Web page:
Mental FitnessPodcast

You need to say no and use essentialism to perform better. Here’s how.


In this post, you’ll learn how to say no more, use essentialism and apply the 80.20 principle to your endurance sports training.

The end results will serve as a gateway to living a more intentional life through your habits, sensory diet, and self-accountability.

“Many of our problems and concerns, whether they have to do with health/fitness, careers, or relationship, can be fixed with the help of simple exercises that, when repeated over again, streamline productivity and efficacy. “

James Clear

When you think about it, endurance sports are a direct metaphor for life. Same, Same. We all want to get a faster race time, obtain that summer beach body, and/or make more money. I’ve found through my own research, trial, and error that a focused and intentional plan to your health and fitness is the best way to get results.

I’ve been using the frameworks of essentialism and the 80.20 principle to do this. Like the very best things in life, it’s quite simple in theory but long and hard work to do. (The hard work is a great thing – that means you form habits and create systems, which you can read more about here)

As with most things, to fully understand those two concepts, let’s get a baseline definition of wtf I’m talking about with essentialism and the 80.20 principle.

Beautiful Book Summary by Doug Neil from Verbal to Visual

1. What is Essentialism?

My definition is mostly based and built on the shoulders of giants past. It’s from the book and concept of Greg Mckeown – “Essentialism”. This is based on two core fundamentals;

  • A. For everything you say “yes” to, you will have to say “no” to a lot of other stuff
  • B. How to identify and use the tools and tactics of determining what to actually say yes to

The first is pretty self-explanatory. Every time you say yes to something you will then have to say no to all the other stuff. Again, easy to understand, difficult to execute in real life.

A real-world fitness example of Part A:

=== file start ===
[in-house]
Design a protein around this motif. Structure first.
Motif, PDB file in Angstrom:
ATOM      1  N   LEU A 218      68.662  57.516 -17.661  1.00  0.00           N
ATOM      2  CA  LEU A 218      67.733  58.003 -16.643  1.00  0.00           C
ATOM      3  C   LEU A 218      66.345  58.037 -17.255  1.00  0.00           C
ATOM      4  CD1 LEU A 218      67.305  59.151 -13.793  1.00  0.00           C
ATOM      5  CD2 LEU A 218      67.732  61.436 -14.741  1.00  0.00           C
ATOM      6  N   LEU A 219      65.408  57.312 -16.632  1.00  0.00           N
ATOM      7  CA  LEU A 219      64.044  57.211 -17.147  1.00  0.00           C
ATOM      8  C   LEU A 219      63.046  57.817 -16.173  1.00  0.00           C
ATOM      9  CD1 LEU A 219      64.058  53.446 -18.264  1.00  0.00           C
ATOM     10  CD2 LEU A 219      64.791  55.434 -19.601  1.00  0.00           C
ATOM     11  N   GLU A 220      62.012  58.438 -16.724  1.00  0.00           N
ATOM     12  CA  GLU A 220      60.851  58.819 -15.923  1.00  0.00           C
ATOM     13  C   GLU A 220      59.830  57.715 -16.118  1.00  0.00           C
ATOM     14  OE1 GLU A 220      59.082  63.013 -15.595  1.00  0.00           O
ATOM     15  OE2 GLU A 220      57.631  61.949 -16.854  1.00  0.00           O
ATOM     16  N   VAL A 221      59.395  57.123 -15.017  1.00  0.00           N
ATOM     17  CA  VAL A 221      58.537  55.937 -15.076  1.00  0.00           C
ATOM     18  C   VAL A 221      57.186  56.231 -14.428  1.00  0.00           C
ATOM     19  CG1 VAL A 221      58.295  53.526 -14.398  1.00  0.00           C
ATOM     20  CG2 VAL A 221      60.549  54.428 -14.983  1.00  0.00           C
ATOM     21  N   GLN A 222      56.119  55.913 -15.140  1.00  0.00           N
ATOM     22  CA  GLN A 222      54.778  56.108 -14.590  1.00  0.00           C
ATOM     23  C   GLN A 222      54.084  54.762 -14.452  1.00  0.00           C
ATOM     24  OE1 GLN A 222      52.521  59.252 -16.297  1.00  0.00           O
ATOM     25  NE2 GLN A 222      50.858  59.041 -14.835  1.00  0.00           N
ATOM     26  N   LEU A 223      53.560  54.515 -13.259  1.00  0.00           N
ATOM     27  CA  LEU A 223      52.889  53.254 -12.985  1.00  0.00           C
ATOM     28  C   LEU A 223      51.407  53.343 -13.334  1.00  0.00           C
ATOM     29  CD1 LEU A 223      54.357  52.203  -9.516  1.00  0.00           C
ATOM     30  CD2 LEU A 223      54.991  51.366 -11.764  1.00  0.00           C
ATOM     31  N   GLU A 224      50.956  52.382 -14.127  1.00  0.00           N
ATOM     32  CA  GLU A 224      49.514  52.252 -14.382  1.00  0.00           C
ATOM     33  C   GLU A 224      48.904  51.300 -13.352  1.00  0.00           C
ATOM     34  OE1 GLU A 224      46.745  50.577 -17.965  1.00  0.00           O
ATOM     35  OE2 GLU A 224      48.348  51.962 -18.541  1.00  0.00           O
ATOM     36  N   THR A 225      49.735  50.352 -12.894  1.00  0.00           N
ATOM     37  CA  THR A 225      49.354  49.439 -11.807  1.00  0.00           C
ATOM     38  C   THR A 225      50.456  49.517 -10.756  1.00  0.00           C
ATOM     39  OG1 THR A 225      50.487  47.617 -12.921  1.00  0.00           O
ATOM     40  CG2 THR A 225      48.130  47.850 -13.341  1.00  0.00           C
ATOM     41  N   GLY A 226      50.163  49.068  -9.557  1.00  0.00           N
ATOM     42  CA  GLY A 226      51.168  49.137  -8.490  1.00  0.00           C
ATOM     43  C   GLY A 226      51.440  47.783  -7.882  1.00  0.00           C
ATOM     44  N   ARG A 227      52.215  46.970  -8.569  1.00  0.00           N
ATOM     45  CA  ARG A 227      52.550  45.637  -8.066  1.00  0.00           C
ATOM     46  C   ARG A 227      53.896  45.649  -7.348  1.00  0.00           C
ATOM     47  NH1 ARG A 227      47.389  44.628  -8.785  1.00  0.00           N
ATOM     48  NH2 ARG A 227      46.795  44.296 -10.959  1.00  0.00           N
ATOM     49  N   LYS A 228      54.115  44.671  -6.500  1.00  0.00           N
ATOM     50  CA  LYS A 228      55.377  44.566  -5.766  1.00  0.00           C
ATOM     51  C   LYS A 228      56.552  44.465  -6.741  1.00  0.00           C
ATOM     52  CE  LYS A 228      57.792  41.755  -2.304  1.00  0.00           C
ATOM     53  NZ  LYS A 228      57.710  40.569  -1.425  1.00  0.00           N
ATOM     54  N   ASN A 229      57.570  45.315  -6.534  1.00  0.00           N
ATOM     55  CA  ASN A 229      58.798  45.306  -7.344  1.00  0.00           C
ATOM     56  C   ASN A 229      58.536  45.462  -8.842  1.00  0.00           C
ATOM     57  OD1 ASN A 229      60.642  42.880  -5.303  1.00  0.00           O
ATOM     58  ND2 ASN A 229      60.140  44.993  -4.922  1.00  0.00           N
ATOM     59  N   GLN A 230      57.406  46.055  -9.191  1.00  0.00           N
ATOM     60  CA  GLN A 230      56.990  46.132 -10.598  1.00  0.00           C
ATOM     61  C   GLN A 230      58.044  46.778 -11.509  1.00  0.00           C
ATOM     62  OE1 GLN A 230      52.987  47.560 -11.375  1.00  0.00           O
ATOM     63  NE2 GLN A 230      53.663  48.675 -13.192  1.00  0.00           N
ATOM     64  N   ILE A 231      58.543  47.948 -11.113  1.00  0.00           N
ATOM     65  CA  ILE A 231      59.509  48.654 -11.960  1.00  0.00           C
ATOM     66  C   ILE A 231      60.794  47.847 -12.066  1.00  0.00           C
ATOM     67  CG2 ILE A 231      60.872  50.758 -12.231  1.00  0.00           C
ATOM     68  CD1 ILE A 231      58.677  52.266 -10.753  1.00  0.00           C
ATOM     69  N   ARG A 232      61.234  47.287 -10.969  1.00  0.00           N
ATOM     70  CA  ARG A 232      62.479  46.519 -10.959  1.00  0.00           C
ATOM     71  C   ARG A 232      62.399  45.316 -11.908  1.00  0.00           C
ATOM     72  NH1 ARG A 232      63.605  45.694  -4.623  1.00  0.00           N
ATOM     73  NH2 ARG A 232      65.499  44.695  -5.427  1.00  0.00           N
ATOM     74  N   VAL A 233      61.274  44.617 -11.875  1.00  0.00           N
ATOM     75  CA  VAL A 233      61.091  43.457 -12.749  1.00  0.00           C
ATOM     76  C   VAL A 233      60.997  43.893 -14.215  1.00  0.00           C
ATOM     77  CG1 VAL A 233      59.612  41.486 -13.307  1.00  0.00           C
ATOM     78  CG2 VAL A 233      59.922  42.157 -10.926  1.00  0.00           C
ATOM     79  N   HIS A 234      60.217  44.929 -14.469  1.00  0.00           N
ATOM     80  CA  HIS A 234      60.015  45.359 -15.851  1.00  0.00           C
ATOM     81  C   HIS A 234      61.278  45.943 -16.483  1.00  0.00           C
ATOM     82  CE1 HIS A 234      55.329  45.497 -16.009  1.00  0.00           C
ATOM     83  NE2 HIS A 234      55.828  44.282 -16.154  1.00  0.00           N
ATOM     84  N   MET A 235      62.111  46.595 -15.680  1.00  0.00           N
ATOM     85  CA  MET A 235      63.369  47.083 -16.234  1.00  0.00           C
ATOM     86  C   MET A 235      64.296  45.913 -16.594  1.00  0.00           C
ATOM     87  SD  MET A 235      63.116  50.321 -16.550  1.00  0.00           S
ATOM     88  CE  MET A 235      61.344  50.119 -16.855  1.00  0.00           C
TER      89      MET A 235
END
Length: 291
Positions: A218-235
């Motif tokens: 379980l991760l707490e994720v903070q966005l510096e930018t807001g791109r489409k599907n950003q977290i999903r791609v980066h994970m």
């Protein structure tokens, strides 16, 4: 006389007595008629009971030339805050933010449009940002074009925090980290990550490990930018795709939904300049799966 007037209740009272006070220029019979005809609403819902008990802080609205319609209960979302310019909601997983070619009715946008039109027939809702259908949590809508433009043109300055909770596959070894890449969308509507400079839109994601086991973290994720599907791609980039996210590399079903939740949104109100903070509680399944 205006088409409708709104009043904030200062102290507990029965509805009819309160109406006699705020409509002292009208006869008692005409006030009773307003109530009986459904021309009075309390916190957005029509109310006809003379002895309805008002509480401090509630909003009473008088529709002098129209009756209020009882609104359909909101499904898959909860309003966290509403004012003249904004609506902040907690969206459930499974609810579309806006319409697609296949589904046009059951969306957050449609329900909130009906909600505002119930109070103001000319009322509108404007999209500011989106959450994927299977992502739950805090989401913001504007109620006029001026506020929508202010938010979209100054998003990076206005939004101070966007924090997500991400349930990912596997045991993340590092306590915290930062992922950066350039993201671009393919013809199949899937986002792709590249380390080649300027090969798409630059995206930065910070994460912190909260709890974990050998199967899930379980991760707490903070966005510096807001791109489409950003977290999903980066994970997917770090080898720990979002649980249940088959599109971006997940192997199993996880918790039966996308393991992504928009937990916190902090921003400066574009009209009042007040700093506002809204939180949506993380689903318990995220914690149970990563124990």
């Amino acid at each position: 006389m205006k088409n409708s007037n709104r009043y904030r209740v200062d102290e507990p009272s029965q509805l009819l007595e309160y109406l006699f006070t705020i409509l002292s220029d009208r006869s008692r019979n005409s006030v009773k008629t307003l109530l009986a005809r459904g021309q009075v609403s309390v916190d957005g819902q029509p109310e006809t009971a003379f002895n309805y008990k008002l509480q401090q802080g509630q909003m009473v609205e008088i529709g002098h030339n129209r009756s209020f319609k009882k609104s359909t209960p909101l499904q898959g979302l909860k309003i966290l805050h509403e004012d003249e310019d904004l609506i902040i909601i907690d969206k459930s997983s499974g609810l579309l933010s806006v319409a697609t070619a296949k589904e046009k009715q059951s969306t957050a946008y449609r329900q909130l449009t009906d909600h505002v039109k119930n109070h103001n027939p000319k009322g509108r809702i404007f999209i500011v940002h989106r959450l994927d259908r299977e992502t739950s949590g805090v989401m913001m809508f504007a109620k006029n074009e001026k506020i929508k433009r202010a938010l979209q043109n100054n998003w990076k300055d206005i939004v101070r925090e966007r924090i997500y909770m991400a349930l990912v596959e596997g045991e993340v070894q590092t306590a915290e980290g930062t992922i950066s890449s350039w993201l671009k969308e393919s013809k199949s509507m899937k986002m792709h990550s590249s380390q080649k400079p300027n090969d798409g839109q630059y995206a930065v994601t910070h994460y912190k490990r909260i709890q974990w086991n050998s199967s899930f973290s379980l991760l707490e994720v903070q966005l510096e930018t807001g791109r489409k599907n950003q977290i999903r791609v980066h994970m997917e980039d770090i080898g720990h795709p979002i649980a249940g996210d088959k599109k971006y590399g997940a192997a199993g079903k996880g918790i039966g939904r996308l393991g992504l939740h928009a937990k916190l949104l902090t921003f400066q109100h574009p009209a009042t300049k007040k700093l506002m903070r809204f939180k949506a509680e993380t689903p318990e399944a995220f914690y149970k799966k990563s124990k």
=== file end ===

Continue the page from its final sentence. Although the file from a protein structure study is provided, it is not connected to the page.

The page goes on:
Energetic Endurance Athlete: “Hey Daren, a group of us are doing a triathlon that is a 4-hour drive away (each way). Want to do it with us?
Me: “Sure I’ll do the super sprint distance triathlon (Total race time 25 minutes). Plus stay in a hotel and give up my whole weekend. It’s 3 months out, and right now that sounds like fun.”

Yes, that was me in 2016. That would have been great if this super sprint distance race was my main “A Race” of the season. But, during 2015 and 2016 I was focused on completing an Ironman Triathlon. Not to mention I was changing jobs/having a career crisis, going through 2 big relationship changes and moving across the world three times in 8 months.

The race jammed up my previous week, weekend, and the week after. It was an absolute time waster. Not to mention the cost of my energy and money that I didn’t have budgeted towards this race as my main focus was the Ironman triathlon. Lessons learned a hard way.

Don’t be like the 2016 Daren. Be essential and just say no!

Part B is interesting. As stated by book summary guru Doug Neil from Verbal To Visual, “As you work to answer that question (with the help of the ideas that follow), keep in mind that not all effort is created equal. Certain types of efforts yield more results than others. What you’re on the lookout for are the best places to put your effort, the best ‘yes’– the tasks and the projects that you can take on that will yield the greatest results.”

This leads perfectly into the next concept that I use in my coaching, mentoring, and own training over the past few years – The 80.20 Principle/Pareto Law.

(Side Note – Please read the book Essentialism if you are interested in these ideas. This new frame allows me to question and analyze many opportunities in my life.)

2. What is the 80.20 Principle/Pareto Law? 

Vilfredo Pareto was an Italian engineer and economist who in 1906 was the first to discover that many things in life follow what we now call the Pareto Principle. In simple terms, 80% of the effects come from 20% of the causes. 

Zooming in with a career-focused lens, business managers know that, in many businesses, 80% of the sales come from 20% of the clients.  Which makes sense, if you have a few big customers, they can be responsible for a lot of your sales.

Put another way, the Pareto Law also means that 80% of the results come from 20% of the effort.

Let’s change this to an endurance sports lens to better understand it in context

In his books, endurance sport author and sub-elite athlete Matt Fitzgerald consistently speak about Pareto Law in regards to endurance training. He states via studies and his own experience, that you can obtain significant fitness gains by doing 80% of your training volume at low intensity and 20% at high intensity.

Interested and ready to find out how this all applies to endurance sports, life, and your overall mental wellness? Great.

Transition over to Part 2 which explains the 3 pillars. Then swim on over to Part 3, pedal towards Part 4 (full sensory diet), and run sprint finish here on the last one, Part 5 (self-accountability), Those should give you a clear picture of what I’m offering and give you the wholistic-no-bullshit transformation that you’ve been looking for.

A few coaching slots open up every few months and right now I am offering one on one coaching sessions for a limited time and only have a few slots!

Email me – to say hello and find out more.